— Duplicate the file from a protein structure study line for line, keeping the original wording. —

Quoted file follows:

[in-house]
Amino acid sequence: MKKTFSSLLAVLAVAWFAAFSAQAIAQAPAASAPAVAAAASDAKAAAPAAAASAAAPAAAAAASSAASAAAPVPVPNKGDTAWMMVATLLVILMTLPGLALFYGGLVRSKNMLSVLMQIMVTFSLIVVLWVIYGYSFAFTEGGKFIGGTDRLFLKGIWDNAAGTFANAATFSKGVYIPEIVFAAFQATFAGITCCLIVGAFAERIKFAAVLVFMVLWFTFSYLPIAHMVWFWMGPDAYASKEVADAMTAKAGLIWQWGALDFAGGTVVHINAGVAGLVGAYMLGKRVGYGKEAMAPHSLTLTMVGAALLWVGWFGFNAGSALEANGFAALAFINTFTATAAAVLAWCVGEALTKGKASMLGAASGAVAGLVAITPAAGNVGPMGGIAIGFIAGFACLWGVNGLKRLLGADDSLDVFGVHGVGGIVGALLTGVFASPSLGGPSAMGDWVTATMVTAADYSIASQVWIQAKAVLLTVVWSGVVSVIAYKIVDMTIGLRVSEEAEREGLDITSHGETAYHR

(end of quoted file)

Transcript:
[in-house]
Amino acid sequence: MKKTFSSLLAVLAVAWFAAFSAQAIAQAPAASAPAVAAAASDAKAAAPAAAASAAAPAAAAAASSAASAAAPVPVPNKGDTAWMMVATLLVILMTLPGLALFYGGLVRSKNMLSVLMQIMVTFSLIVVLWVIYGYSFAFTEGGKFIGGTDRLFLKGIWDNAAGTFANAATFSKGVYIPEIVFAAFQATFAGITCCLIVGAFAERIKFAAVLVFMVLWFTFSYLPIAHMVWFWMGPDAYASKEVADAMTAKAGLIWQWGALDFAGGTVVHINAGVAGLVGAYMLGKRVGYGKEAMAPHSLTLTMVGAALLWVGWFGFNAGSALEANGFAALAFINTFTATAAAVLAWCVGEALTKGKASMLGAASGAVAGLVAITPAAGNVGPMGGIAIGFIAGFACLWGVNGLKRLLGADDSLDVFGVHGVGGIVGALLTGVFASPSLGGPSAMGDWVTATMVTAADYSIASQVWIQAKAVLLTVVWSGVVSVIAYKIVDMTIGLRVSEEAEREGLDITSHGETAYHR